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Southern Towns

Southern Towns
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Brattleboro, Newfane, Manchester, Arlington, Bennington, VT

Southern VT Itinerary

Vermonters often refer to the southeastern corner of the state as the “Banana Belt” for its warmer climes, gentler hills, and proximity to Massachusetts and New York. The region is anchored by eclectic Brattleboro and laid-back Bennington, with a cluster of pretty towns in between.

Vermont’s first settlers made the Connecticut River their highway to Brattleboro. Today’s travelers drop in on this red-bricked bastion of music, art, and culture using I-91 (exits 1 or 2), 2.5 hours from Boston. Start at the Brattleboro Museum and Art Center (admission $; Main and Vernon Sts.; 802-257-0124), housed in a 1915 train station, to view a changing display of art and local history. Have lunch at the Latchis Grille (802-254-4747) inside the Art Deco Latchis Hotel, where you might also sample from the on-site Windham Brewery.

Then head for country diversions. Follow Route 30 north from Brattleboro through the lush West River Valley to arrive in pretty Newfane. You can have a view of that grand village green from a room at the elegant Four Columns Inn (double room rates Moderate to Expensive; 802-365-7713), and the homey Old Newfane Inn (Moderate; 802-365-4427), where the rooms with curved ceilings were once part of the ballroom. Nearby is the country estate that is the Inn at South Newfane (Moderate, including breakfast; 802-348-7191). Each inn also serves excellent dinners.

Stop by the Windham County Historical Society (open Wed.-Sun.; 802-365-4148) for a peek at local history and to pick up a free walking-tour folder to Newfane. Then leave this pretty town heading north on Route 30. If it’s Sunday morning, you’ll pass Newfane’s famed flea market. In Jamaica, stretch your legs at the state park (day-use fee $1.50), where an old rail bed winds along the West River with walks and easy hikes. Then have a midmorning repast at The Jamaica Coffeehouse (802-874-7085), which also sells maple syrup, crafts, clothing, and jewelry.

Continue via Route 30 west, then turn north onto Route 100, which will snake beside scenic brooks and hay fields. At Londonderry, turn west on Route 11. In Peru, look for J.J. Hapgood General Store (802-824-5911), built in 1827, a true country grocery and a good stop for a light lunch. The town of Peru may look familiar: It starred as “Hadleyville” in the movie Baby Boom.

Back on Route 11, the youngsters on your trip will want to stop at the Bromley Mountain alpine slide (single rides $, three for $$; 802-824-5522).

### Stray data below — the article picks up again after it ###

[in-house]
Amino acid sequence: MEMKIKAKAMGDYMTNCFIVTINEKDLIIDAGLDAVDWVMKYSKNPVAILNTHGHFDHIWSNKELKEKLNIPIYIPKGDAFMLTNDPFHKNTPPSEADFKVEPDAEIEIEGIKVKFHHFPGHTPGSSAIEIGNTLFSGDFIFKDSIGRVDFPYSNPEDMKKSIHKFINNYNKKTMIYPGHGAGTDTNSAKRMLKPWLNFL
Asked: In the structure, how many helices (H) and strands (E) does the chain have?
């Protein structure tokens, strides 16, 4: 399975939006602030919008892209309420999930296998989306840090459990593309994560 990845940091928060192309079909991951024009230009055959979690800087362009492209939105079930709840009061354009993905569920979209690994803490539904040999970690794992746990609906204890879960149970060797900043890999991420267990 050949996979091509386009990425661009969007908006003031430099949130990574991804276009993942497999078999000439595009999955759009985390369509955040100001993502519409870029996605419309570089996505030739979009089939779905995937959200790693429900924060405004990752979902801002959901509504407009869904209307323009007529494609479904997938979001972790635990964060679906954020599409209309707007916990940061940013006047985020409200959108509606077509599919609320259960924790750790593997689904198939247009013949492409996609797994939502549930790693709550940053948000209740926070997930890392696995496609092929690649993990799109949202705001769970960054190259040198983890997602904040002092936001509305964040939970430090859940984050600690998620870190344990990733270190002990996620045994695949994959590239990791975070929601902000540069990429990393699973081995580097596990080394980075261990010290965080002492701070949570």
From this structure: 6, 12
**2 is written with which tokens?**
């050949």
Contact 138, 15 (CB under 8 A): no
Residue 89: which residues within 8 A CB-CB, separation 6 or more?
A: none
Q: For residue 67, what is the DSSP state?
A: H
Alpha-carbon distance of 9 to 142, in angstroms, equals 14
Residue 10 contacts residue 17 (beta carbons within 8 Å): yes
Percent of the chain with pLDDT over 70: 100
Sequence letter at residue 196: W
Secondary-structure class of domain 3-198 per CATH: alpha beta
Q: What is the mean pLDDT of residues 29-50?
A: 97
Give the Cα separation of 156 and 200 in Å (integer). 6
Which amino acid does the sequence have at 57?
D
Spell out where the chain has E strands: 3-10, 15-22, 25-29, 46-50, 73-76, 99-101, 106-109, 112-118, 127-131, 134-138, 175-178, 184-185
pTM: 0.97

Home base for the next two nights is at one of more than two dozen inns in and near Manchester. Drive through the outlet shopping for now, turning left onto Route 7A to reach peaceful Manchester Village. The Equinox (Expensive to Deluxe; 802-362-4700 or 800-362-4747) is the grand resort, with golf and a spa. The elegant ten-room Inn at Ormsby Hill (Moderate to Expensive; 802-362-1163) is a rambling Federal manse. The town of Dorset is home to the Dovetail Inn (Inexpensive to Moderate; 802-867-5747) and the Inn at West View Farm (Inexpensive to Moderate; 802-867-5715). The Seth Warner Inn (Inexpensive; Rte. 7A; 802-362-3830) is a tidy Colonial with stenciled walls and four-poster beds.

Dinner depends on your budget. The Equinox offers dining fancy (Colonnade; $$$-$$$$) and casual (Marsh Tavern; $-$$$). If you dine at the Dorset Inn ($-$$$; 802-867-5500), you can stroll to the Dorset Theatre Festival (802-867-2223) for a play.

Put on your shopping shoes. Manchester Depot has become a haven for outlet stores — Giorgio Armani, Polo/Ralph Lauren, Anne Klein II, Vanity Fair, the list goes on. Best attack is to start early in the morning.

Spend the afternoon on more lofty pursuits — a drive to the top of 3,835-foot Mount Equinox. Skyline Drive ($ per car), off Route 7A just south of Manchester Village, takes you to the top for hiking trails and views of the mountains. Back on terra firma, stroll the grounds and the house at Hildene (admission $; Rte. 7; 802-362-1788), the summer retreat of Abraham Lincoln’s son. There are nearly a dozen galleries to explore at the Southern Vermont Art Center (West Rd. off Rte. 7A; 802-362-1405).

In case you picked up a snazzy new outfit at the outlets, have dinner in the greenhouse of the Arlington Inn ($$$; 802-375-6532 or 800-443-9442). The Black Swan ($$-$$$; 802-362-3807) offers stylish cooking in three dining rooms inside a brick Federal house.
Continue south on Route 7A, passing through the pretty village of Arlington; in Shaftsbury, look for the Chocolate Barn (802-375-6928), mecca for chocoholics. Bennington is punctuated by its 306-foot Bennington Monument (802-447-0550).
Bennington’s South Street Cafe (105 South St.; 802-447-2433) offers light fare for lunch. You can work off dessert by shopping at the adjacent Bennington Potters (802-447-7531). Finish your trip with a visit to the Bennington Museum (admission $; 802-447-1571) to view its Grandma Moses paintings: quintessential Vermont.

— J.B.

Please Note: This information was accurate at the time of publication. When planning a trip, please confirm details by directly contacting any company or establishment you intend to visit.

Updated Saturday, March 30th, 2013

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